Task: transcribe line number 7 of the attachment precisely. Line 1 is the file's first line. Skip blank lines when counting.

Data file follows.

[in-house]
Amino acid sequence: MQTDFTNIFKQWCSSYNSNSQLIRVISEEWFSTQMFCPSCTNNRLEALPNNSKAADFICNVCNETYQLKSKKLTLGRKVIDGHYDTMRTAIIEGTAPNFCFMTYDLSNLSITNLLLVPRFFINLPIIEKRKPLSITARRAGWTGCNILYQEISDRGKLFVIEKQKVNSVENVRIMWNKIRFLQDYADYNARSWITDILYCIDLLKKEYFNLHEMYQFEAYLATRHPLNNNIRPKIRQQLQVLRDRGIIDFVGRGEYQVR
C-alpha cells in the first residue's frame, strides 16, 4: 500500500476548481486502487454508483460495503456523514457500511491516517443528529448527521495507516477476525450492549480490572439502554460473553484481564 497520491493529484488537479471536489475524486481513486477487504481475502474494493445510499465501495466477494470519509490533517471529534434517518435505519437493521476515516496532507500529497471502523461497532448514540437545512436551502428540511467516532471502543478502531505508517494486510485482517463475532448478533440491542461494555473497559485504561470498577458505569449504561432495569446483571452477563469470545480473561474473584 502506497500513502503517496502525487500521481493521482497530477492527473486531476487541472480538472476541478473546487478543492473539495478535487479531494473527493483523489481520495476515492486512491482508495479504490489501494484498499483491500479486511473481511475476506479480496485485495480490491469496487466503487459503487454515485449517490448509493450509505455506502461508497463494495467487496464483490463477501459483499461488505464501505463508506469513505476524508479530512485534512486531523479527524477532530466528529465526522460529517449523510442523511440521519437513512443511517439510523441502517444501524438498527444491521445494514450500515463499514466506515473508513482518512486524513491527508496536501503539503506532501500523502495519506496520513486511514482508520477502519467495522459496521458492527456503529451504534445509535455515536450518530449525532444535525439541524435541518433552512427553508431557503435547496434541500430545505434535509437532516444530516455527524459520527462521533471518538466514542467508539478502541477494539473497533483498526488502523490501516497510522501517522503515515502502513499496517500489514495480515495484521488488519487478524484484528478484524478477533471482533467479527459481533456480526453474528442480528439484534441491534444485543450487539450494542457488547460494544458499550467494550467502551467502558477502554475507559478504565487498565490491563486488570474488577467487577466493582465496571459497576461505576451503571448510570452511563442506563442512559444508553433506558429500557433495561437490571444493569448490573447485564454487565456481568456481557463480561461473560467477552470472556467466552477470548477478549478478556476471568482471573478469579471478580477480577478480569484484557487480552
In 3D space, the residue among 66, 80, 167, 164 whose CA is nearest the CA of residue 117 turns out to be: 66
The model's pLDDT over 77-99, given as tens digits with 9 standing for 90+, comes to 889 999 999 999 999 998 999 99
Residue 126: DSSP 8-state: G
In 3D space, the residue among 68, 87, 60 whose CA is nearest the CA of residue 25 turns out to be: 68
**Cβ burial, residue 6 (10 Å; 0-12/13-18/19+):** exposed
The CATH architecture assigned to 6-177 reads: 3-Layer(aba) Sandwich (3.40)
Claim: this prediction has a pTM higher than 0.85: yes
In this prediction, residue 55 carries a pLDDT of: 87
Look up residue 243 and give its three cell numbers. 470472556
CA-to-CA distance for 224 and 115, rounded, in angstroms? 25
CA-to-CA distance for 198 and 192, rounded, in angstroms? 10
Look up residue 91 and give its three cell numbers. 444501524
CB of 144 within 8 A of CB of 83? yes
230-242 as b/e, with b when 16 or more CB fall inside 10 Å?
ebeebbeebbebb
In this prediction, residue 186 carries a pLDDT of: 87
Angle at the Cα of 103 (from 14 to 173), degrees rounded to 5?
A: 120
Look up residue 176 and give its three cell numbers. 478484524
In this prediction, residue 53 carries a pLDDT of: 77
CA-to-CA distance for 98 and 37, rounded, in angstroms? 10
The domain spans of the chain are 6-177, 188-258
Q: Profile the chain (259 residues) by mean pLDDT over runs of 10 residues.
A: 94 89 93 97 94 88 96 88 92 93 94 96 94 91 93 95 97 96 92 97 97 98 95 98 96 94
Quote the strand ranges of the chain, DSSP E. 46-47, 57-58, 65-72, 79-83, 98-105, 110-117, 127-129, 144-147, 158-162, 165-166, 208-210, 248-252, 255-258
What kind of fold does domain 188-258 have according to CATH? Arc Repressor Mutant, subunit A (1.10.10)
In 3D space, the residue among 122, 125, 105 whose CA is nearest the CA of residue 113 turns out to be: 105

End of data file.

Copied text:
In 3D space, the residue among 68, 87, 60 whose CA is nearest the CA of residue 25 turns out to be: 68